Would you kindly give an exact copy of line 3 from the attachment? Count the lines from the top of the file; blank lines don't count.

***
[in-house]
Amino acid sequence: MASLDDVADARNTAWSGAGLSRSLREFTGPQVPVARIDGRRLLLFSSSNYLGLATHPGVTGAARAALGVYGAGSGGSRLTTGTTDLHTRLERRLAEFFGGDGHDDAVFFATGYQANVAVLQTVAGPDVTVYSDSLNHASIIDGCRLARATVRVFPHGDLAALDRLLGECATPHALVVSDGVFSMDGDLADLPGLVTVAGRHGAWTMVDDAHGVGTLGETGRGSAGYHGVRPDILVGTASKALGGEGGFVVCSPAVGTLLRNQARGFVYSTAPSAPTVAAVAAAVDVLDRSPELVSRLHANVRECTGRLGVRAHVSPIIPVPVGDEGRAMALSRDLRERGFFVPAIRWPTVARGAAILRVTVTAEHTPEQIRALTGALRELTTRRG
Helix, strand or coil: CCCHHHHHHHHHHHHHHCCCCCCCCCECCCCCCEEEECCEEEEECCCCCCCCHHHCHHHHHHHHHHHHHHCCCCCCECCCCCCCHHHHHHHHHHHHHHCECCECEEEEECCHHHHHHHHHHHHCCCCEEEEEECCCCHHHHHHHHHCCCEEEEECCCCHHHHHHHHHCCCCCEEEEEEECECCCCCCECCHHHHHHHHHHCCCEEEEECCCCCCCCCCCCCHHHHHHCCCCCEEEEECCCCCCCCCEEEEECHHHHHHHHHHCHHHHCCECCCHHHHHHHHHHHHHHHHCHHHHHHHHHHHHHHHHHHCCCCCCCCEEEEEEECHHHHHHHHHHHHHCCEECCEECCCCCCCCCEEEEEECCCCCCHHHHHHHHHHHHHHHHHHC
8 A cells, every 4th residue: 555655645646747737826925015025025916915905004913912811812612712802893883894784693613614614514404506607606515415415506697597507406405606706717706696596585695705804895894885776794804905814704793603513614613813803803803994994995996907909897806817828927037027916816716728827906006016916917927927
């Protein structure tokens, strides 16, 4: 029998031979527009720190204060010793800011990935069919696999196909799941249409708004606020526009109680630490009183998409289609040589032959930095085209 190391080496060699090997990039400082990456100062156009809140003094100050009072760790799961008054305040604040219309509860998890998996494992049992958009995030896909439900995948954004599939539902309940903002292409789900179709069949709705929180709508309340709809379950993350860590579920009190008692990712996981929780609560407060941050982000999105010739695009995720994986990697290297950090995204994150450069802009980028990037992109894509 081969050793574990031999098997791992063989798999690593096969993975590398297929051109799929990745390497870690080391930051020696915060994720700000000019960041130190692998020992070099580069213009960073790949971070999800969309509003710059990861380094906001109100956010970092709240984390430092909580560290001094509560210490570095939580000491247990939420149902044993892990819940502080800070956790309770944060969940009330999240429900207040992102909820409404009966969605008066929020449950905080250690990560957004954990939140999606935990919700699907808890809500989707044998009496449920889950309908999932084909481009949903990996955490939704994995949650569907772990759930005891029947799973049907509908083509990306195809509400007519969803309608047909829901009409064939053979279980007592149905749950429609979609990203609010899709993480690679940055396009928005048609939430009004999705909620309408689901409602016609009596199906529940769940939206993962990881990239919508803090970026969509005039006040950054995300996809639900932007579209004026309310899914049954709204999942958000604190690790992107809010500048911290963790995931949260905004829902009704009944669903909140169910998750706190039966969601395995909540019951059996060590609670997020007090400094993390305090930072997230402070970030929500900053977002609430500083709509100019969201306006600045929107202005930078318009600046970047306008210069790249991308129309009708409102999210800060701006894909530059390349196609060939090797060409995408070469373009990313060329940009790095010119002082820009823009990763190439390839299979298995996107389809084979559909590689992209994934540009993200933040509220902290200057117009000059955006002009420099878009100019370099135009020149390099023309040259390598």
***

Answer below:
Helix, strand or coil: CCCHHHHHHHHHHHHHHCCCCCCCCCECCCCCCEEEECCEEEEECCCCCCCCHHHCHHHHHHHHHHHHHHCCCCCCECCCCCCCHHHHHHHHHHHHHHCECCECEEEEECCHHHHHHHHHHHHCCCCEEEEEECCCCHHHHHHHHHCCCEEEEECCCCHHHHHHHHHCCCCCEEEEEEECECCCCCCECCHHHHHHHHHHCCCEEEEECCCCCCCCCCCCCHHHHHHCCCCCEEEEECCCCCCCCCEEEEECHHHHHHHHHHCHHHHCCECCCHHHHHHHHHHHHHHHHCHHHHHHHHHHHHHHHHHHCCCCCCCCEEEEEEECHHHHHHHHHHHHHCCEECCEECCCCCCCCCEEEEEECCCCCCHHHHHHHHHHHHHHHHHHC